Adoption affects access to information about a person's history, most significantly for the person who was adopted. As this post reveals, it can also affect the parents who have adopted a child with complex medical needs and no clear underlying cause. This guest post is written by Michelle Seitzer, a mother whose daughter was adopted from Bulgaria at age 2. Michelle shares of the journey her family has taken to discover the reasons behind their daughter's medical issues and the search for care and treatments. The journey has been long and has included genetic testing that resulted in more questions than answers.
Michelle writes about the dreaded "VUS" (also called VOUS or a variant of uncertain significance) and her resolve to keep searching for answers to help her daughter.
Because the medical genetics community is still trying to understand how individual genetic variations affect health, the more we test the more uncertainty that often arises. Not every difference in DNA is harmful. With more than 7 billion humans alive today -- and each of them with a unique sequence of 3 billion letters of DNA -- the capacity for variation from one person to the next is nearly limitless.
Over time, variants that are at first uncertain can be "reclassified" into the category of clearly disease-causing or clearly harmless.
In the meantime, families like the Seitzers wait while the medical genetics world tries to sort them all out.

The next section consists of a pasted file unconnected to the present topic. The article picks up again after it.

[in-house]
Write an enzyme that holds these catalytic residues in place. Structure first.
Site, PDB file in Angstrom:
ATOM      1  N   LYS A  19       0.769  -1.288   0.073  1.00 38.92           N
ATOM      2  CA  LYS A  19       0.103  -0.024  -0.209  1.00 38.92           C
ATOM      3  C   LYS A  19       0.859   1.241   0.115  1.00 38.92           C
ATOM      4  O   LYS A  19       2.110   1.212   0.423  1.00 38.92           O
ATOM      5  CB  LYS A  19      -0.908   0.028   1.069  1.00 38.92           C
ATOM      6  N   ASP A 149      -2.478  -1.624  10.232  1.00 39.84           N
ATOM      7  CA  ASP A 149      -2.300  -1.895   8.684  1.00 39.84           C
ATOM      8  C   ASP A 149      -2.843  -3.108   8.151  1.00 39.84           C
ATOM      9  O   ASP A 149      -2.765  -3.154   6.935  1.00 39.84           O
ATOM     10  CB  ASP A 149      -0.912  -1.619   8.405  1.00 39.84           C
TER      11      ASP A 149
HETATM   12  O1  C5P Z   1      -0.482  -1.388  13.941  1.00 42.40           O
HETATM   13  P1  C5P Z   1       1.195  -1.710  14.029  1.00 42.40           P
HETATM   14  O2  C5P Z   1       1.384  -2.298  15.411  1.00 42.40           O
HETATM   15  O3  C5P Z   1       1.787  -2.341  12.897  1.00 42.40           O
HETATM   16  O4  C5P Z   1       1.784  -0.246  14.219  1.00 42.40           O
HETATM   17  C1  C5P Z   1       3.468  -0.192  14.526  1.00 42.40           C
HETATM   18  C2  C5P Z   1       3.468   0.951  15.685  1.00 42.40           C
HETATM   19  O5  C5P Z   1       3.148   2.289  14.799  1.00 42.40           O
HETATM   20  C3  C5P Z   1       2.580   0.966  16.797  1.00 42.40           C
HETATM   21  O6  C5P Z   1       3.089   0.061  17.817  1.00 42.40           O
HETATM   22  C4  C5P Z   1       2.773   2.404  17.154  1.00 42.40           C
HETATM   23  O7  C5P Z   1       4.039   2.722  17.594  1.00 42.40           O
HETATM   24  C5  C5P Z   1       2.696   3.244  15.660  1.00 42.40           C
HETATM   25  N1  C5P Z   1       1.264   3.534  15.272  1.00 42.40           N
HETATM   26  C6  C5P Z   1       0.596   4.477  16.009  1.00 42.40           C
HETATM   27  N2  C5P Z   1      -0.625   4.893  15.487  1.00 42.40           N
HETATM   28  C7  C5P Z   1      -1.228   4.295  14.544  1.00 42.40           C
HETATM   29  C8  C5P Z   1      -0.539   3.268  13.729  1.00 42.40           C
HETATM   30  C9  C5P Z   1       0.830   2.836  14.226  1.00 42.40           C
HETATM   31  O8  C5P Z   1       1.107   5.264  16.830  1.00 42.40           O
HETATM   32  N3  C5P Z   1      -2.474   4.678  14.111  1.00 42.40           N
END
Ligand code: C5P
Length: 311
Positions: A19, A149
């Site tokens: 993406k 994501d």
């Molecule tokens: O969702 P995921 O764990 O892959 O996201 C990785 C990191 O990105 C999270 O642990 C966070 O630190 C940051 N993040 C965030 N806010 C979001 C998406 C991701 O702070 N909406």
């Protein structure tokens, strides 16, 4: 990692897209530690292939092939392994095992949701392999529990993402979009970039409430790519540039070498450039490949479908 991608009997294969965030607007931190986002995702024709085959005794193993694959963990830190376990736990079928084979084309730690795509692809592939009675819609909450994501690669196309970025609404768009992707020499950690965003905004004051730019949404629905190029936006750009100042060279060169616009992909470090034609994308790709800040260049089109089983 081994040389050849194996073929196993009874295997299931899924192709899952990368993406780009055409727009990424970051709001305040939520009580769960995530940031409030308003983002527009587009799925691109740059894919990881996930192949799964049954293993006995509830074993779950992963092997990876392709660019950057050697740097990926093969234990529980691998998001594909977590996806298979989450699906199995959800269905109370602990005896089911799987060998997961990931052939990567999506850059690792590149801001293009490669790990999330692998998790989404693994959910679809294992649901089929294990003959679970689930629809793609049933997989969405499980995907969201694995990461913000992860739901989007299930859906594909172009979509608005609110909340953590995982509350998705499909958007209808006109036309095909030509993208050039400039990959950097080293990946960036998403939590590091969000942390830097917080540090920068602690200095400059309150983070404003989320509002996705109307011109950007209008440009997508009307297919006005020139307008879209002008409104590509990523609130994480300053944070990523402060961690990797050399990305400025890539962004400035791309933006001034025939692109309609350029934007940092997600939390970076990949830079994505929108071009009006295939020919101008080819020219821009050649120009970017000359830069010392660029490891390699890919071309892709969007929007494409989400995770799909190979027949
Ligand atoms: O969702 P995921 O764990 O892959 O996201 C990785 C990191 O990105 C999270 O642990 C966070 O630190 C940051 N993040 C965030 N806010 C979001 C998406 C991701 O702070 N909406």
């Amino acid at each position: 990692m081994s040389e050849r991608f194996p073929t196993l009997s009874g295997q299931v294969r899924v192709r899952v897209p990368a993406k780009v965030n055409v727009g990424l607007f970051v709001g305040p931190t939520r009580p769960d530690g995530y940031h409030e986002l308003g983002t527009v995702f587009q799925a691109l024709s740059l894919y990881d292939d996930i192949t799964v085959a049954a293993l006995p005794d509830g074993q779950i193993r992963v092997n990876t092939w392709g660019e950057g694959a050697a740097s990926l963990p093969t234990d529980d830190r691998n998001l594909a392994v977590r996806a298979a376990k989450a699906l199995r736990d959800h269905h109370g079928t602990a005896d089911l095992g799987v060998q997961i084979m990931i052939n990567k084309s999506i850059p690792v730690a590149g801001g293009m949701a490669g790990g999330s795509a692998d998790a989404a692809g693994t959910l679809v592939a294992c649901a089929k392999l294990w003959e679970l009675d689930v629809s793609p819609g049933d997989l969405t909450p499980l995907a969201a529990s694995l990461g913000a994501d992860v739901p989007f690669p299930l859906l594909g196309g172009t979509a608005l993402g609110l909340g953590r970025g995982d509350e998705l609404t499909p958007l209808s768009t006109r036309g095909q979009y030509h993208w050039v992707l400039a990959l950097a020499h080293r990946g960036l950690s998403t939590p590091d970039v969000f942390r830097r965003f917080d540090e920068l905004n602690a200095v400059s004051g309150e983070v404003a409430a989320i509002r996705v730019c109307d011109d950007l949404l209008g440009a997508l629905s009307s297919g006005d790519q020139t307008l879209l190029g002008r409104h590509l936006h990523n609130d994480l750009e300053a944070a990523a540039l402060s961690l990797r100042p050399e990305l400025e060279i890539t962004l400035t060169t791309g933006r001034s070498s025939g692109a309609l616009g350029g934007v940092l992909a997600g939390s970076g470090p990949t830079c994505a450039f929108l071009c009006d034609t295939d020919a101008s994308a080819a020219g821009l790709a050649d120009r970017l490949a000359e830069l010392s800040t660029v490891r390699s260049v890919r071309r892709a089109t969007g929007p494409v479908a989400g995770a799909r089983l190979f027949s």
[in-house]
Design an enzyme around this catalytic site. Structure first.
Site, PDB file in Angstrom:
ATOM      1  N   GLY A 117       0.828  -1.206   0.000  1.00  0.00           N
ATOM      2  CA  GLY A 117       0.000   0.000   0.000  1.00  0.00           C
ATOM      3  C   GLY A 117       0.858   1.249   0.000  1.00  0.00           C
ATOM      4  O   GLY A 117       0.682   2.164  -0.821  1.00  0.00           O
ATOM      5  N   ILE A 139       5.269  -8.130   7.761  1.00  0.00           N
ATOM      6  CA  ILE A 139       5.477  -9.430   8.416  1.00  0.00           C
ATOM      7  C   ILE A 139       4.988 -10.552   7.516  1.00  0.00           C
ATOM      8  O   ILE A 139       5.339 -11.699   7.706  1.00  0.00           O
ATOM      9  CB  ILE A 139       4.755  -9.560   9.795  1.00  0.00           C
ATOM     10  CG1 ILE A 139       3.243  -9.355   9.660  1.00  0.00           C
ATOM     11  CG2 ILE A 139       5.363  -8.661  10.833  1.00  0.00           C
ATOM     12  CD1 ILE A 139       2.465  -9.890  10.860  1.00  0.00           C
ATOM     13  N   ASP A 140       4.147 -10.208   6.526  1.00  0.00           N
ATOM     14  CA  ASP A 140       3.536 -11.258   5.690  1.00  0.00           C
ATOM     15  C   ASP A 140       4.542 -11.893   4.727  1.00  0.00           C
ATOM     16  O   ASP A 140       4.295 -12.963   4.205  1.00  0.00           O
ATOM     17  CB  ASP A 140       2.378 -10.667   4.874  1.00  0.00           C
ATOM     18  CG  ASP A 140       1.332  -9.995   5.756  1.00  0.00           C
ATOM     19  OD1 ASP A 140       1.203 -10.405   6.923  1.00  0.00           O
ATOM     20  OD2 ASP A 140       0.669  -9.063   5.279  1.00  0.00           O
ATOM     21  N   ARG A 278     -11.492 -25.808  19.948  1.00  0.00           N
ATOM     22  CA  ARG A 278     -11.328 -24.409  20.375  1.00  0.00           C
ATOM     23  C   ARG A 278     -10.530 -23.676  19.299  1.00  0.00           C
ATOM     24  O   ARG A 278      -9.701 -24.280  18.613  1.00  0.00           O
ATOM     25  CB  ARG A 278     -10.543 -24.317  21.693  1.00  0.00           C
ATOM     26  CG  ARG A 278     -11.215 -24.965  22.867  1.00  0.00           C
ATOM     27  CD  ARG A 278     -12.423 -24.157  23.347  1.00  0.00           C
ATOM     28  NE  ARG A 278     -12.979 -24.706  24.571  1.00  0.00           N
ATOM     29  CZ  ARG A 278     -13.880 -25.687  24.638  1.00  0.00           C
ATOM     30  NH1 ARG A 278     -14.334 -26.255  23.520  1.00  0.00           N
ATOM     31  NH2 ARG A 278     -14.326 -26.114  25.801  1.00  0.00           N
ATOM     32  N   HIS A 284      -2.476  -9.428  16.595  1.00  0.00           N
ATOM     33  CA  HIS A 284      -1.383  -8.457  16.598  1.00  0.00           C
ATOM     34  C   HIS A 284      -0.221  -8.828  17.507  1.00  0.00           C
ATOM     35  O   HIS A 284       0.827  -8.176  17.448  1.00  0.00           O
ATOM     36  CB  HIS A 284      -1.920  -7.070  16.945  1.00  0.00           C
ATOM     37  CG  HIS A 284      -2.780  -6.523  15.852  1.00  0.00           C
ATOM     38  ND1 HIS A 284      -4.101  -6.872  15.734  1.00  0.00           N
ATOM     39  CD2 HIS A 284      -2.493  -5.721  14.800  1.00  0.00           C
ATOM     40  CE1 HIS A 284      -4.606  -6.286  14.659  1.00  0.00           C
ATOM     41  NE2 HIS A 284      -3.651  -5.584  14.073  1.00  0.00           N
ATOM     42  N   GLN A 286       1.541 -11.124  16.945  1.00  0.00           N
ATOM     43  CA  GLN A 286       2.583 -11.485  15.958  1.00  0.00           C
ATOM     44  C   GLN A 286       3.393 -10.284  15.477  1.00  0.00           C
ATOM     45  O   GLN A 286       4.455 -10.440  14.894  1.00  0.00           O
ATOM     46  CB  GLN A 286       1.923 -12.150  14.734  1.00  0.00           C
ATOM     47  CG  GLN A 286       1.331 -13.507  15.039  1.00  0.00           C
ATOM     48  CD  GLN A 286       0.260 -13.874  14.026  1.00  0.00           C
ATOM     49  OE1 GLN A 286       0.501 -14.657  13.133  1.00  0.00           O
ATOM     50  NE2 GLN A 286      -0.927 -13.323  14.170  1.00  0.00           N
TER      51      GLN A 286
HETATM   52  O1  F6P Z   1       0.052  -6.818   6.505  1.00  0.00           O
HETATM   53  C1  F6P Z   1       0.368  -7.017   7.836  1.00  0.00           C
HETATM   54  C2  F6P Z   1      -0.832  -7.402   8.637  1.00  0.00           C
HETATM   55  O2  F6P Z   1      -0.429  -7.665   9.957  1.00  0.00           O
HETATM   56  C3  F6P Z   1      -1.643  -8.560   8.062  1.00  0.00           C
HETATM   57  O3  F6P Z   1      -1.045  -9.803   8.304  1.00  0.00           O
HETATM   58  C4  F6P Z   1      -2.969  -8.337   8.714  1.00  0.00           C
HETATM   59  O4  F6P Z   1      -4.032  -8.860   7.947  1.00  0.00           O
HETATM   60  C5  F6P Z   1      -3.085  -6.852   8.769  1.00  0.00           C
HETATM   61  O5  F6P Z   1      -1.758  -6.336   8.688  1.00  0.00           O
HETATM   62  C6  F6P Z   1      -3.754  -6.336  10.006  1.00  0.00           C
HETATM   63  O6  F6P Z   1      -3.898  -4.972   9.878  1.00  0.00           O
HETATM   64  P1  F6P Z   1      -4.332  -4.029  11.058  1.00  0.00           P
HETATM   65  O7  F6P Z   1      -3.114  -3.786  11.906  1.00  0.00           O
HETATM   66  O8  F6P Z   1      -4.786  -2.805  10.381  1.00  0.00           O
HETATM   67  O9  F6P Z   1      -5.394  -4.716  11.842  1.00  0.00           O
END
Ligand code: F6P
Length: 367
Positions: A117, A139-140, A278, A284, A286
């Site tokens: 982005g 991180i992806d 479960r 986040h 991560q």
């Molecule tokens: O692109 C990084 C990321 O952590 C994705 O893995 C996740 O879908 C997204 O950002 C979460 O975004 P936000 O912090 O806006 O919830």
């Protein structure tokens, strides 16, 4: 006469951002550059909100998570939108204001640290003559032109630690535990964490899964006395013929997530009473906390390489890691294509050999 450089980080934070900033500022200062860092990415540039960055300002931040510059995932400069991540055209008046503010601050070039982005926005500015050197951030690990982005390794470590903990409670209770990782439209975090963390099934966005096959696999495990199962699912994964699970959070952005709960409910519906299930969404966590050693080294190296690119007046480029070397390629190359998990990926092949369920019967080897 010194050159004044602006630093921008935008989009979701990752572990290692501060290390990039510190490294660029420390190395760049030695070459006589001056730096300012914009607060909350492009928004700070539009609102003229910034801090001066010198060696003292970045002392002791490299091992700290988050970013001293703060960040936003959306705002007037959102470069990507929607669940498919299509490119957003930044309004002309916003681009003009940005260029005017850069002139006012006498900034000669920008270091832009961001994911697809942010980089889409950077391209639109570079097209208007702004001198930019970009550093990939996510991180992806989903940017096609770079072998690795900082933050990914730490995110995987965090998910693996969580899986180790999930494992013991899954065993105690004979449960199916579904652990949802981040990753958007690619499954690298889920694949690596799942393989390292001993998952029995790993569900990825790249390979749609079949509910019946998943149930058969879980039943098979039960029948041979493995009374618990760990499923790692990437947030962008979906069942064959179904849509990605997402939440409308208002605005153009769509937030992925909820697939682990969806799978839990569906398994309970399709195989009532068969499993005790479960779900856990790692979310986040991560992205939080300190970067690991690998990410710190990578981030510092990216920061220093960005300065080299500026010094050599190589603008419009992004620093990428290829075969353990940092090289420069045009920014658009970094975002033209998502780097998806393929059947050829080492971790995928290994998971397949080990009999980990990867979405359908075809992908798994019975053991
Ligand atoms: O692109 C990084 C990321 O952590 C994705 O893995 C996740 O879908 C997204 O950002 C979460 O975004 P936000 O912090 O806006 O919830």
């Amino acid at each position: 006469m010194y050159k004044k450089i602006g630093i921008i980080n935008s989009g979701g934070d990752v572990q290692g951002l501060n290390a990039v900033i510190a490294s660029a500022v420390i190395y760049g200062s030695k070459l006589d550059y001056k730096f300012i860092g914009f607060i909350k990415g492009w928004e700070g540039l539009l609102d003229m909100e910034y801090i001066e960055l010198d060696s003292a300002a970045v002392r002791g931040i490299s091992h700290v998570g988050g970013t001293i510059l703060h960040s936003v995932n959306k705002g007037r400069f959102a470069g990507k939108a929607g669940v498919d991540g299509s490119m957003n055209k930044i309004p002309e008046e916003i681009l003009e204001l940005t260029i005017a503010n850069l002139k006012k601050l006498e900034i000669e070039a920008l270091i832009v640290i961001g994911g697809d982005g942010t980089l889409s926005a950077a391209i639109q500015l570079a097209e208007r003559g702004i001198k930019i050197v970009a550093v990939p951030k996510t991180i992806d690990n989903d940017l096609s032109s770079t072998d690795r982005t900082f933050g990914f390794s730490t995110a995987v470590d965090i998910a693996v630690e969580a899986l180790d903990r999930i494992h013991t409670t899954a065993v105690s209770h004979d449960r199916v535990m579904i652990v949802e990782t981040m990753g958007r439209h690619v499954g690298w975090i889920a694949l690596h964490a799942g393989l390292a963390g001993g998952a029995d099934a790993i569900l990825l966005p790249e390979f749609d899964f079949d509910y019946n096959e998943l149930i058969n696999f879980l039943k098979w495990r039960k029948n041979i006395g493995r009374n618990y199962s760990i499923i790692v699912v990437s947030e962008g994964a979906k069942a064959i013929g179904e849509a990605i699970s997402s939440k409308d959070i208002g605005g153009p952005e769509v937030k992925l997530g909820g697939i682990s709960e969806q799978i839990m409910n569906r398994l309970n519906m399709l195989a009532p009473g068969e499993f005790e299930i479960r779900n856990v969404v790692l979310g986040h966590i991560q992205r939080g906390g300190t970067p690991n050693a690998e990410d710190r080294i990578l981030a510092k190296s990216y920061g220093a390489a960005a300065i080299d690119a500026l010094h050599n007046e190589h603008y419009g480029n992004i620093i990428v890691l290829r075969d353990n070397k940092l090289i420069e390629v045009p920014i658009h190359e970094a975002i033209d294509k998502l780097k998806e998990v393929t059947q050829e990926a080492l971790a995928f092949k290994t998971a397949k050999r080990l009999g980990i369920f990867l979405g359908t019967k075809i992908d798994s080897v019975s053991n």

"This is VUS" by Michelle Seitzer
When we started the international adoption process in 2011, questions became our new normal. Nearly five years later, we still have many unanswered questions—maybe more.
We recently did two rounds of genetic testing on our daughter, who is 7. When we first met her, she was 2. When she joined our family, she was a few months shy of 3. We knew she had some special needs, the main ones being mild cerebral palsy (CP) and extreme prematurity (which can cause a number of delays and deficits). We anticipated developmental delays as a result of her time in the medical-social care home as well.
The medical report we received from our adoption agency was quite extensive, and after meeting and speaking with several medical staff members in her care home, the report seemed fairly reputable and accurate (this is not always the case with international adoptions). In fact, one of the most accurate lines in her medical record—even after being translated from Bulgarian—still holds true today (though it could apply to most children at any point in time): “Reacts to prohibition with displeasure.”